Report calls for more teacher training, limiting use of test scores - California's Greatness by Design

Report calls for more teacher training, limiting use of test scores

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The state needs to focus on recruiting, educating and retaining teachers if it wants to improve student academic performance, a state task force has concluded. Recent budget cuts, however, have pushed the state in the opposite direction, according to the task force's report, which was released Monday.

The advisory task force, which was brought together by state Supt. of Public Instruction Tom Torlakson and the state Commission on Teacher Credentialing, also rejected making any link between students' standardized test scores and teachers' performance evaluations.

The Task Force on Educator Excellence included researchers, academics, elected officials, district officials, labor leaders, parents, teachers and principals.

The 90-page report repeatedly returned to the theme that teachers need better support and training from the beginning to the end of their careers. Such a focus would make them more effective and more likely to remain in a profession in which high turnover wastes money and hinders student learning, participants concluded.

The report also noted inequalities among school districts:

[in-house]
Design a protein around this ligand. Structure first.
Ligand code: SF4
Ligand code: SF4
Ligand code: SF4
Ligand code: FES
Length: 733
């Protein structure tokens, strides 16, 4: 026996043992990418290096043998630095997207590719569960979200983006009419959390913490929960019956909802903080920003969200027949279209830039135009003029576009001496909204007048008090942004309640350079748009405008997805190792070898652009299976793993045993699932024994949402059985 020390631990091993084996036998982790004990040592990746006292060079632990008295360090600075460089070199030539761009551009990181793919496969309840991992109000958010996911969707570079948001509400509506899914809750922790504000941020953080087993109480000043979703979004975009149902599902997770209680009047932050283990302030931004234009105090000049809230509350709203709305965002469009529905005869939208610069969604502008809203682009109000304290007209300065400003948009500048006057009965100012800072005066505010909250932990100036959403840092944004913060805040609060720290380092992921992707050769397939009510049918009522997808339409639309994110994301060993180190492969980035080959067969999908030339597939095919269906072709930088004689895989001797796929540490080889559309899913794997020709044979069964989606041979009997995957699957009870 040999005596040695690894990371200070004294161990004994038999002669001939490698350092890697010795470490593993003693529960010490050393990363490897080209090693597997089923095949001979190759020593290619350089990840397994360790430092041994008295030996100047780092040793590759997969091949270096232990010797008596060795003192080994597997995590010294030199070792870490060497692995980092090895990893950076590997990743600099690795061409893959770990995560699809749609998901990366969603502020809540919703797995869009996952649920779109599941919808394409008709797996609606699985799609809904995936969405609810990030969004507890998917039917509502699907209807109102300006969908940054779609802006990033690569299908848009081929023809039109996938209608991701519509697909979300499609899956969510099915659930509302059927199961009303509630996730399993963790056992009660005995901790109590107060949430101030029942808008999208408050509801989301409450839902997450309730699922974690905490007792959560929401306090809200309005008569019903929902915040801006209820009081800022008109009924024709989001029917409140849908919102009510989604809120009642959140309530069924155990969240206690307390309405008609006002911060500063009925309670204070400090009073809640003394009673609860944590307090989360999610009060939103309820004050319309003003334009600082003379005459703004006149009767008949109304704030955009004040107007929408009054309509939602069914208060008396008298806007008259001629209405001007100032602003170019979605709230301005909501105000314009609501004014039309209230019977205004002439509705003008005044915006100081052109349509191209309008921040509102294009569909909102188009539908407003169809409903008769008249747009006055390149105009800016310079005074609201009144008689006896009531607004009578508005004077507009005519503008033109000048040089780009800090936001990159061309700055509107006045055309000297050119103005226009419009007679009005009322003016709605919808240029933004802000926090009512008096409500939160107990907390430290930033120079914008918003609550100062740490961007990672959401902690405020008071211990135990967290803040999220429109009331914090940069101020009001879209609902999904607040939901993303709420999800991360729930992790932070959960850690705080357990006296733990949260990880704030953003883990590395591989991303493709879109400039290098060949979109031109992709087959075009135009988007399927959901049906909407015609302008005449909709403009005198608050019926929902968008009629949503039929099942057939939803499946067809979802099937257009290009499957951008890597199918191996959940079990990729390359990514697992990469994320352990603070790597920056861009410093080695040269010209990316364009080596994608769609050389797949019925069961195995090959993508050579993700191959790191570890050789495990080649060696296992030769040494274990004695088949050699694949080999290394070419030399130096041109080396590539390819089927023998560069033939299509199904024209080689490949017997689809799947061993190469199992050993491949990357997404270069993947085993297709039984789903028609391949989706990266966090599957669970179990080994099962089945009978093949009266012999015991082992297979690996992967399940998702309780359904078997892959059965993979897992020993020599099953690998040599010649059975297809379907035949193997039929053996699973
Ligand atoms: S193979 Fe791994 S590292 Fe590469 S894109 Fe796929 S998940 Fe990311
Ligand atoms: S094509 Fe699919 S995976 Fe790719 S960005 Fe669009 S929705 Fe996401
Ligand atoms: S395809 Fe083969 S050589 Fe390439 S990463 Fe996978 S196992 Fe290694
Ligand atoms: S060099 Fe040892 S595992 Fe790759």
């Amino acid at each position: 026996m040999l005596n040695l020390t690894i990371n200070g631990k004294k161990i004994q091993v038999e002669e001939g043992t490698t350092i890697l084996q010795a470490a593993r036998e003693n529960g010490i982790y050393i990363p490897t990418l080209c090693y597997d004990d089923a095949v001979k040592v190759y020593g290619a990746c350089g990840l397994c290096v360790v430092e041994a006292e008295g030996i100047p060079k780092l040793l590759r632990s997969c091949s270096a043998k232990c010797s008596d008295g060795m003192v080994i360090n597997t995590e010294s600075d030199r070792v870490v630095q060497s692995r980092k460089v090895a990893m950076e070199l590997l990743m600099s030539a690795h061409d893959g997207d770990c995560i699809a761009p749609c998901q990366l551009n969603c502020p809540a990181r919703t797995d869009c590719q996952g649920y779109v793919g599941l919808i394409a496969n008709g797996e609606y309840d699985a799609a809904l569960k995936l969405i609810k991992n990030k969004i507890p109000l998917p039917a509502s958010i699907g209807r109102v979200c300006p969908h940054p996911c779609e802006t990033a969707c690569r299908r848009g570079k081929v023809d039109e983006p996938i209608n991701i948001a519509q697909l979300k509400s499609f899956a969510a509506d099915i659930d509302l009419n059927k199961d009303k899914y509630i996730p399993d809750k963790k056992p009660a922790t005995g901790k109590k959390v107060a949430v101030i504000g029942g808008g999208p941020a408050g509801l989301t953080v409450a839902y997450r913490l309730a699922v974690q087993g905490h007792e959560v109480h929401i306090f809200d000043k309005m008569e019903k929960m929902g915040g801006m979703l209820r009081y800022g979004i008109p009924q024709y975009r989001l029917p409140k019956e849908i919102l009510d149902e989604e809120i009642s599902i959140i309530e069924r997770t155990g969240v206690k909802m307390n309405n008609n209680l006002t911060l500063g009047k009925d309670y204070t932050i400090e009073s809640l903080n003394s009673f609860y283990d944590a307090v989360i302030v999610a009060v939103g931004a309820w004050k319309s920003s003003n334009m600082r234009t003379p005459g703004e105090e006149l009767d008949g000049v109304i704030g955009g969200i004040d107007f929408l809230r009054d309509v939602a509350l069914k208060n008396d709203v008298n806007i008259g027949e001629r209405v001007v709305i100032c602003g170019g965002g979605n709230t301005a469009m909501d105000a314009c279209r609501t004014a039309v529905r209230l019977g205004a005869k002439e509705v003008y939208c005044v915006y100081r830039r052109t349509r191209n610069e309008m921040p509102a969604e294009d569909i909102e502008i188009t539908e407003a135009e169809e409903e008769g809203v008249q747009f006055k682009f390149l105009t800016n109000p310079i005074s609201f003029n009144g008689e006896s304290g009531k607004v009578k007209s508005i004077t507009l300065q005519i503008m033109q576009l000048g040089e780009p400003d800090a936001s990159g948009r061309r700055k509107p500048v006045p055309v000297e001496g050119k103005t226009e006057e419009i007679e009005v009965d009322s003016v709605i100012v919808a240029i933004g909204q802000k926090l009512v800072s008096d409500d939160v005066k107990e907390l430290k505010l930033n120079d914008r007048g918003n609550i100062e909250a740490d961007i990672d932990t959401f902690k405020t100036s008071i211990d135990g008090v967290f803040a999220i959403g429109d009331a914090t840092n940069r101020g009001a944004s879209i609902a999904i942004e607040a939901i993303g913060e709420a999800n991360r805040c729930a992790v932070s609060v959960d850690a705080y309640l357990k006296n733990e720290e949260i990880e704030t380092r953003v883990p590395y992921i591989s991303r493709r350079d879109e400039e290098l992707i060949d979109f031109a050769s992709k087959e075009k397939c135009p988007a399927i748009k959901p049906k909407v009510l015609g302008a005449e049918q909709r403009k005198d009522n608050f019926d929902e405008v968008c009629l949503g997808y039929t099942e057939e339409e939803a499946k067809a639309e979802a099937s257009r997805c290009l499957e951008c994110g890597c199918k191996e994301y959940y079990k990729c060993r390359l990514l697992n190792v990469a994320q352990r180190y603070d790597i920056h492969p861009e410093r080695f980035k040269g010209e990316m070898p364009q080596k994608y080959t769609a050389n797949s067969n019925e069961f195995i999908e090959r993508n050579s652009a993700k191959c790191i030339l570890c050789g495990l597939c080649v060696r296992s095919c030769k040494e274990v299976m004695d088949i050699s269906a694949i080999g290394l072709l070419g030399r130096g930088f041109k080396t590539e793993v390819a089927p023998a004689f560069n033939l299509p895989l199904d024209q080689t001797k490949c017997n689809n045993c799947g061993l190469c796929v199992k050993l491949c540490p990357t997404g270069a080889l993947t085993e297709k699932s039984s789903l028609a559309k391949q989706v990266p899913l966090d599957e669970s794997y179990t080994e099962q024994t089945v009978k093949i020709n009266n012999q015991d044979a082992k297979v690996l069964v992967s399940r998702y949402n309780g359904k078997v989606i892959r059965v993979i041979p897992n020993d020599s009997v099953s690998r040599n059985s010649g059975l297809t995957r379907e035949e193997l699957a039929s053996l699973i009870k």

“Low-salary districts serve disproportionately high numbers of minority students and more than twice as many new English learners. These districts also have class sizes that are, on average, about 20% larger than those in high-salary districts, signaling that they also provide poorer working conditions. Furthermore, in both high-minority and high-poverty districts, there are much greater proportions of newly hired, inexperienced and uncredentialed teachers."


The task force suggested that new laws ensure that schools have “expert principals who provide support for instruction, time for collaboration and planning, collaborative leadership, reasonable class sizes, a trusting collegial environment and involvement in decision-making at the school.”

In rejecting the use of test scores for teacher evaluations, which is strongly opposed by many teachers unions, the report said studies show that such efforts produce results that “are very unreliable and often inaccurate at the individual teacher level.” But many districts, including Los Angeles Unified, are pushing to use scores as one measure to determine teacher effectiveness; the teachers union is challenging that effort in court.